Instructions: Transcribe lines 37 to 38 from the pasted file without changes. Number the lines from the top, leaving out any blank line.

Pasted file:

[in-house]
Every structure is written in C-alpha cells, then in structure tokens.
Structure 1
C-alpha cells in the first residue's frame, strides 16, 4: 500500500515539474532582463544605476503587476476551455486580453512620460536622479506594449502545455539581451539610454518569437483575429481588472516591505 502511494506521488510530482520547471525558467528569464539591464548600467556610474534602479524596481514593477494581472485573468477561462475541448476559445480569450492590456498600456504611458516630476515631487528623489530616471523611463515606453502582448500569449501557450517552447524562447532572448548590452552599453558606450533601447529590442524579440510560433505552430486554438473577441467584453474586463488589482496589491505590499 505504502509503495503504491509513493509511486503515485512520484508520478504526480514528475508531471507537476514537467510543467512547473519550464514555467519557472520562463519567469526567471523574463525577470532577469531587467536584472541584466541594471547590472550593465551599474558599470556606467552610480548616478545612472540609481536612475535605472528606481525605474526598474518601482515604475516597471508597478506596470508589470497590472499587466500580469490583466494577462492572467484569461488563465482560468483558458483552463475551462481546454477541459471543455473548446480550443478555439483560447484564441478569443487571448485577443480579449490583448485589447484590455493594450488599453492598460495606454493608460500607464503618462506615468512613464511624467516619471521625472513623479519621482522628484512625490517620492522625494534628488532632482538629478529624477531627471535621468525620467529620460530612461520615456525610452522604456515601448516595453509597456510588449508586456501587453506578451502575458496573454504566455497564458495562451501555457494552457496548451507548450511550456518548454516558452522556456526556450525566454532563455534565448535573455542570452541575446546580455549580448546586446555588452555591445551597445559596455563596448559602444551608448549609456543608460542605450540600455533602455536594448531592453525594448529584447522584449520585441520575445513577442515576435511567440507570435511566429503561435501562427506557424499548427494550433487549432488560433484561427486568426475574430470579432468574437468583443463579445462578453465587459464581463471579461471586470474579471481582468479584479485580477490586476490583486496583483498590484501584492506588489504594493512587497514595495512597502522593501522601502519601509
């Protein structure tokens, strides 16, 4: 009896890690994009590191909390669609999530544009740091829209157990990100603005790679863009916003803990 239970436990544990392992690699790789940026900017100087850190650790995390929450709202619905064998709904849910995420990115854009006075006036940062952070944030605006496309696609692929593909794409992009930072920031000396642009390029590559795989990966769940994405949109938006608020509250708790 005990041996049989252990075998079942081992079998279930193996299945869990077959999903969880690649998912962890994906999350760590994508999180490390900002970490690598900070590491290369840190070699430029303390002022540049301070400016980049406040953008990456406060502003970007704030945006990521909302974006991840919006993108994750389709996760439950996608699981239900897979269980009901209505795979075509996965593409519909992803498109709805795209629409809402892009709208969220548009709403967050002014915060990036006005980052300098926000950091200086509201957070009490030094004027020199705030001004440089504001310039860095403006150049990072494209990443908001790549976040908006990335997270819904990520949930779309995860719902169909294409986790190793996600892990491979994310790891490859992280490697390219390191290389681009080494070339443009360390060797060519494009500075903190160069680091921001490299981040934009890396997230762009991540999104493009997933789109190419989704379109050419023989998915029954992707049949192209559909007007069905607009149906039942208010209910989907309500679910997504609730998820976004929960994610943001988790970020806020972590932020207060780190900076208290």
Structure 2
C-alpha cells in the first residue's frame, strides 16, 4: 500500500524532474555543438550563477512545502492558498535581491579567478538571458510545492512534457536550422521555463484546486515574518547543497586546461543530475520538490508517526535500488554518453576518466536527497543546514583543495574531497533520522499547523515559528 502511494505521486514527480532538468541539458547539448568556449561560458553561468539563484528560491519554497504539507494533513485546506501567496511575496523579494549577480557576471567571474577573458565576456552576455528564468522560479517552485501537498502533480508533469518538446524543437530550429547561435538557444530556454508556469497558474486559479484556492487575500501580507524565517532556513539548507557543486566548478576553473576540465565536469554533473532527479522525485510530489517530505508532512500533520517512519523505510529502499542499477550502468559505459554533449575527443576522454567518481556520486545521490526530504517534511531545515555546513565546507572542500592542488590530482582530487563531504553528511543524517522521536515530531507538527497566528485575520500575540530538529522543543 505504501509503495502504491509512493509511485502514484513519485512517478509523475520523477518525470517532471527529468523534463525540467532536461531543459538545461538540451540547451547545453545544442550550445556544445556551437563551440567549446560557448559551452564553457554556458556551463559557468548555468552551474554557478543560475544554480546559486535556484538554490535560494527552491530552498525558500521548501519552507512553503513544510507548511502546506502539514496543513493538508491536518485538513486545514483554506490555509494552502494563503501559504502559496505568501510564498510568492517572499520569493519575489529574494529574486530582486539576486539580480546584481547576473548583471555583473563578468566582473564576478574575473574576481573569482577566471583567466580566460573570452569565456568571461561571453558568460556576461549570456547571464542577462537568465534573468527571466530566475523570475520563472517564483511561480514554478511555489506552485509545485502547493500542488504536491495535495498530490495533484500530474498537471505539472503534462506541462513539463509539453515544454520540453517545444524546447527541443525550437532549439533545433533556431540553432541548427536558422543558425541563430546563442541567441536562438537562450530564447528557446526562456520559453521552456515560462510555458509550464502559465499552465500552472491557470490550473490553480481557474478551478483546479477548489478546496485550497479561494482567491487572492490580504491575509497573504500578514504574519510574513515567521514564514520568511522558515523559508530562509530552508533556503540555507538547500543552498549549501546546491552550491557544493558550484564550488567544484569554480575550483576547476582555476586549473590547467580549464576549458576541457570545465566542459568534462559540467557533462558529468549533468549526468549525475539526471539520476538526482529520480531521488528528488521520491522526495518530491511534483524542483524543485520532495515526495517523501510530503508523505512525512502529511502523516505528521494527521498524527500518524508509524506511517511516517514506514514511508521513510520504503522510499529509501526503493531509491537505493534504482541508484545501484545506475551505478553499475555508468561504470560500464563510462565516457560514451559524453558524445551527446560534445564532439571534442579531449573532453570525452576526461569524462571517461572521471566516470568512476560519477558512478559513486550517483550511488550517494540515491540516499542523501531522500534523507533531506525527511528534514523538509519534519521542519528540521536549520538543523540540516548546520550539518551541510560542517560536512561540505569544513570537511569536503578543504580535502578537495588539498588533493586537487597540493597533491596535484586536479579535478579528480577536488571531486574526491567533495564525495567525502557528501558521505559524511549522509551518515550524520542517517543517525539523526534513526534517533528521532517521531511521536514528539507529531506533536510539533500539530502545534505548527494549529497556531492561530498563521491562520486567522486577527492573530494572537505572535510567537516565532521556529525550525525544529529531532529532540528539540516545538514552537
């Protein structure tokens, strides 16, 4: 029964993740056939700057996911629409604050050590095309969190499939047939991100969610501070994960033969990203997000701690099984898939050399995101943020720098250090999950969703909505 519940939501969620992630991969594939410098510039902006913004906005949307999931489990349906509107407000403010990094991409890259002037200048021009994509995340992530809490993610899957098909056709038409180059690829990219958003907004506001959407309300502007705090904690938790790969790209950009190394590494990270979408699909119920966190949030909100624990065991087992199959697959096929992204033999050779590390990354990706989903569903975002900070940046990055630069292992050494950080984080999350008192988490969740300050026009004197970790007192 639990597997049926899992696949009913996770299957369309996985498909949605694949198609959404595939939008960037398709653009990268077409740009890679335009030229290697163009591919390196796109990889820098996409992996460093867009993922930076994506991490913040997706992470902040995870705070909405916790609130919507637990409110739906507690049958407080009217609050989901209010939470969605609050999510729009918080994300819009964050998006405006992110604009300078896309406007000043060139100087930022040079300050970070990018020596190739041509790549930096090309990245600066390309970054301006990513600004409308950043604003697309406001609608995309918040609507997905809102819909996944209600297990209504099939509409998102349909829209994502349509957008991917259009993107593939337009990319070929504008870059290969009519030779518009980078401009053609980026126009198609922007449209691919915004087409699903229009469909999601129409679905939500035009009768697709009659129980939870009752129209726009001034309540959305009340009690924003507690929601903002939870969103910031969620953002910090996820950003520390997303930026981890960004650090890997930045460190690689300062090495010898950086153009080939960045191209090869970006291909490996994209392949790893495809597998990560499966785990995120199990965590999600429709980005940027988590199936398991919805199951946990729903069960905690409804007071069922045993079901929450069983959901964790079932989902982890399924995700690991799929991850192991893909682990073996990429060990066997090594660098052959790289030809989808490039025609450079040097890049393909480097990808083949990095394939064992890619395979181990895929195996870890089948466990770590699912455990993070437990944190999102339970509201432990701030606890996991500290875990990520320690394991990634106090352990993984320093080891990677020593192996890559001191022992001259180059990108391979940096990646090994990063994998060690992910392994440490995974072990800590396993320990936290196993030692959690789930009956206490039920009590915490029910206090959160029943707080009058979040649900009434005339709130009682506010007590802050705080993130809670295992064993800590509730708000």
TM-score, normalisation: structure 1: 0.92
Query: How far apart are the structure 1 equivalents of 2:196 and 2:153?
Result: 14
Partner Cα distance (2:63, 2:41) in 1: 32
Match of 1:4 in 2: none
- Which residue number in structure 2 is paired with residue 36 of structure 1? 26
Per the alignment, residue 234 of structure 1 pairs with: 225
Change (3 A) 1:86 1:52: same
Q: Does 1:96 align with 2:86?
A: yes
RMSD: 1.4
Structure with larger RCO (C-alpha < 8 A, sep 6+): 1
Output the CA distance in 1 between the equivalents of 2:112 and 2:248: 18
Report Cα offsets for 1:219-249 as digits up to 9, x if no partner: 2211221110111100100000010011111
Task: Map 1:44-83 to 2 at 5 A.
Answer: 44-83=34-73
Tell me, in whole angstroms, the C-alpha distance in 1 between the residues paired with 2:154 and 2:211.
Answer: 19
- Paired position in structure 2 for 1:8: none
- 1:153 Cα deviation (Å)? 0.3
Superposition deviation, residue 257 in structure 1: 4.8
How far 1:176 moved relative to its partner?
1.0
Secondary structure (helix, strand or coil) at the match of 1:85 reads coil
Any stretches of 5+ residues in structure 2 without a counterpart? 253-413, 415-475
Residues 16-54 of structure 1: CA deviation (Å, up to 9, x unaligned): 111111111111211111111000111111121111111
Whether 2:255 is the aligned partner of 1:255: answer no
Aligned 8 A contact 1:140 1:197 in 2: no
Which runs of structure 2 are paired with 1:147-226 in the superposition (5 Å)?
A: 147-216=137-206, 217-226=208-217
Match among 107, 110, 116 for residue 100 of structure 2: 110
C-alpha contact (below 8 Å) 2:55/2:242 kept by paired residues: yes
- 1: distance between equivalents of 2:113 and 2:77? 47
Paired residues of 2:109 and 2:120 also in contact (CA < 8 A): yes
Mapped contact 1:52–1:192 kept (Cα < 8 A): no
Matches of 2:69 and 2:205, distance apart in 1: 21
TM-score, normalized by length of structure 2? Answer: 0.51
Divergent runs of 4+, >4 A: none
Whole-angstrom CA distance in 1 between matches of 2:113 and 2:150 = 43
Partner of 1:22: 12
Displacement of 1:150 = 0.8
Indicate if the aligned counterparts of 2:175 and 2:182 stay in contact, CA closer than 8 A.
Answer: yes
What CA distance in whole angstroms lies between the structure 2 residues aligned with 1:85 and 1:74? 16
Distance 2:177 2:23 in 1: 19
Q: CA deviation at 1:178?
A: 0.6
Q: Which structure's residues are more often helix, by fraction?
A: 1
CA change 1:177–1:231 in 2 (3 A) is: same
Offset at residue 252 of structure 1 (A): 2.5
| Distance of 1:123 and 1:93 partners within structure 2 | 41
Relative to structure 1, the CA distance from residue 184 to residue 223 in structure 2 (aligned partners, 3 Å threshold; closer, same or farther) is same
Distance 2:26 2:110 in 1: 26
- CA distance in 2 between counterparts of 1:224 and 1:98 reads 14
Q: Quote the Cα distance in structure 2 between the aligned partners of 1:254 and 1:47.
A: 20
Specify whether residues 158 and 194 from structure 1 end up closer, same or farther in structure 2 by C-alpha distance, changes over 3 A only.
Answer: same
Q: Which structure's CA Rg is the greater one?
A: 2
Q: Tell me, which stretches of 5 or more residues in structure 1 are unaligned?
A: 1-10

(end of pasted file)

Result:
Which runs of structure 2 are paired with 1:147-226 in the superposition (5 Å)?
A: 147-216=137-206, 217-226=208-217